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on 3 January 2012
I've been brewing for the last 20 years and made some great beers in that time, but I've also made some that were not so great. This book changed all that. It made me take a step back in my hobby, re-think a given procedure and polish my act to the point that I now can brew beers that are on par, if not better, than those offered from the top shelf, consistently. Mr Palmer makes it easy for the non-brewer to get started from the offset and for the more advanced, points to practices that we could adopt to better advantage. It does not cater for kegging, but this is a minor issue as there are so many ways to keg and force carbonate lagers/beers. The science sections are very in-depth and are explained well in a language that the non-chemists among us can understand...

I also bought Designing Great Beers: The Ultimate Guide to Brewing Classic Beer Styles and am now creating clones of some of the worlds great beers. Bear in mind that this book does not teach home brewing to the novice, it works in tandem to the above enabling you to make your own recipes and replicate any beer on the shelf once you have learned to recognise a certain beers characteristics...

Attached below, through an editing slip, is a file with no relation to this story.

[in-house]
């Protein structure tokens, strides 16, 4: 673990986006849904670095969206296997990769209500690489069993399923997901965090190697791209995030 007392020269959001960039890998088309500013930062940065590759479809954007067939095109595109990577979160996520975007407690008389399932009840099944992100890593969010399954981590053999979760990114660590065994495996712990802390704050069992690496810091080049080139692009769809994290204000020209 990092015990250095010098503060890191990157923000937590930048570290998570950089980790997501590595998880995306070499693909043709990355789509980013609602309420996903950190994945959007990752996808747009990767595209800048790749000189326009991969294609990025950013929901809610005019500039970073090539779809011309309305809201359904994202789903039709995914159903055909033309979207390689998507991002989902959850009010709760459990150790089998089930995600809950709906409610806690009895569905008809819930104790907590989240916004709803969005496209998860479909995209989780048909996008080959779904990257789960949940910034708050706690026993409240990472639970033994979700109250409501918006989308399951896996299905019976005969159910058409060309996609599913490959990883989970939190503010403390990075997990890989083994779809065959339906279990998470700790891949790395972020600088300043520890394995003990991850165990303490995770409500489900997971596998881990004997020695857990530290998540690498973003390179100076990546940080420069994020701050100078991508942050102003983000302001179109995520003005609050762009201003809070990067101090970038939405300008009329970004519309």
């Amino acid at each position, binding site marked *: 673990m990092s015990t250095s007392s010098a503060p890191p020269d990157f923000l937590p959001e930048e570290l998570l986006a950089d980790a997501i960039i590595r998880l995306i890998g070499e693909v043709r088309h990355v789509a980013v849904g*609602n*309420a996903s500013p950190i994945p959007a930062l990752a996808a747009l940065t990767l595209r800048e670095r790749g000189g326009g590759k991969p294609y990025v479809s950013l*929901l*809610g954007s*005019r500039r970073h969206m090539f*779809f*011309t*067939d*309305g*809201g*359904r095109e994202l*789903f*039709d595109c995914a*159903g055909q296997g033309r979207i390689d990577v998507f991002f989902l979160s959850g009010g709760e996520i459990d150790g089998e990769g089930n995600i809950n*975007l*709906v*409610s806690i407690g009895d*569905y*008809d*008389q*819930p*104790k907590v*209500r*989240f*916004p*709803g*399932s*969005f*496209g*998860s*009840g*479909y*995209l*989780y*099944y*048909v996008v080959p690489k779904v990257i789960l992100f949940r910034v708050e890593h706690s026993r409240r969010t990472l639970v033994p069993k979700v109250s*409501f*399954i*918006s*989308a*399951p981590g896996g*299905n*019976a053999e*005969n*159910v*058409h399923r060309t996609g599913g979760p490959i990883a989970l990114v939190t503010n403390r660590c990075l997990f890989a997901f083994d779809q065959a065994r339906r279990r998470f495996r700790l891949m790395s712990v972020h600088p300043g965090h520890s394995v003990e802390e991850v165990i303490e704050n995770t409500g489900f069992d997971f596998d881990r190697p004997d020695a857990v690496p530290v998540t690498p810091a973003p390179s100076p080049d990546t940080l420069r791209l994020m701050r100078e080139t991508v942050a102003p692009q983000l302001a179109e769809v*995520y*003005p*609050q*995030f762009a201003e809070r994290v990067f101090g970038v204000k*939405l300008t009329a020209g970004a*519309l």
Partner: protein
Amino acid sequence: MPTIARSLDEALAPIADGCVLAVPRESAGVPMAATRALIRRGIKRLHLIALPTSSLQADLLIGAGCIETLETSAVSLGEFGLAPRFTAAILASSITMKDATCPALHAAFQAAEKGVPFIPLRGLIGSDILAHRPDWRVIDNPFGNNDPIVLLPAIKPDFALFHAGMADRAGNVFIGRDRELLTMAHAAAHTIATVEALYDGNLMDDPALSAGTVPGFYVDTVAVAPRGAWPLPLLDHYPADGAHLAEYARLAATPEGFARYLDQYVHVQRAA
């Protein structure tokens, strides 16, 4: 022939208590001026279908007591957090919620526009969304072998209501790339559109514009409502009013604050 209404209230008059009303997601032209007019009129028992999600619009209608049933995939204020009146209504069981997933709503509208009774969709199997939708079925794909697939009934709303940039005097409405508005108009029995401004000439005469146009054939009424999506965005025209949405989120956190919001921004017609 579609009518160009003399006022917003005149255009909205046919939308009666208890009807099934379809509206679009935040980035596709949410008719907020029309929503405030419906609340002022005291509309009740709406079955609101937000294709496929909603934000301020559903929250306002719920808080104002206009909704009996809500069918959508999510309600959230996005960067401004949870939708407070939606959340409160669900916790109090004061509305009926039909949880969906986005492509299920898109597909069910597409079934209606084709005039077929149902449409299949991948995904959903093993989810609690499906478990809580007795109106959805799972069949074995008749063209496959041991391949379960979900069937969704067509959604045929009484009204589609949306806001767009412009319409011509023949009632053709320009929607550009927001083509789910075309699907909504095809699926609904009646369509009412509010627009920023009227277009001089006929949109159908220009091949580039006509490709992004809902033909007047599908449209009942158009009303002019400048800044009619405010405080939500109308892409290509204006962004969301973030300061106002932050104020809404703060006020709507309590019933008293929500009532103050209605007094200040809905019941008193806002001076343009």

With these 2 books, you should be able to create top notch beverages, everytime...
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on 13 August 2010
If you read this and listen to the Brewing Network podcasts the only way you can make anything other than excellent beer is to not do as they tell you! Yes it's American but metric units are included and I've had no trouble brewing to that. Also contrary to popular belief, perpetuated by the awful American beer sold in this country, the US is now home to the best beers in the world, so trust an American author on this subject. If you weren't aware of this you'll find plenty of British and European styles to brew in this book. Also it'll open your eyes to fermentation temperatures, proper liquid yeast and yeast pitching rates which really go together to make a beer better than you can buy. Go into most "old-boy" home brew shops here and ask for liquid yeast or a yeast starter flask and you'll get a blank look; this is why homebrew has such a poor reputation here. Luckily some of the better shops and internet suppliers are getting with it so everything in this book is available to the UK homebrewer. Buy it!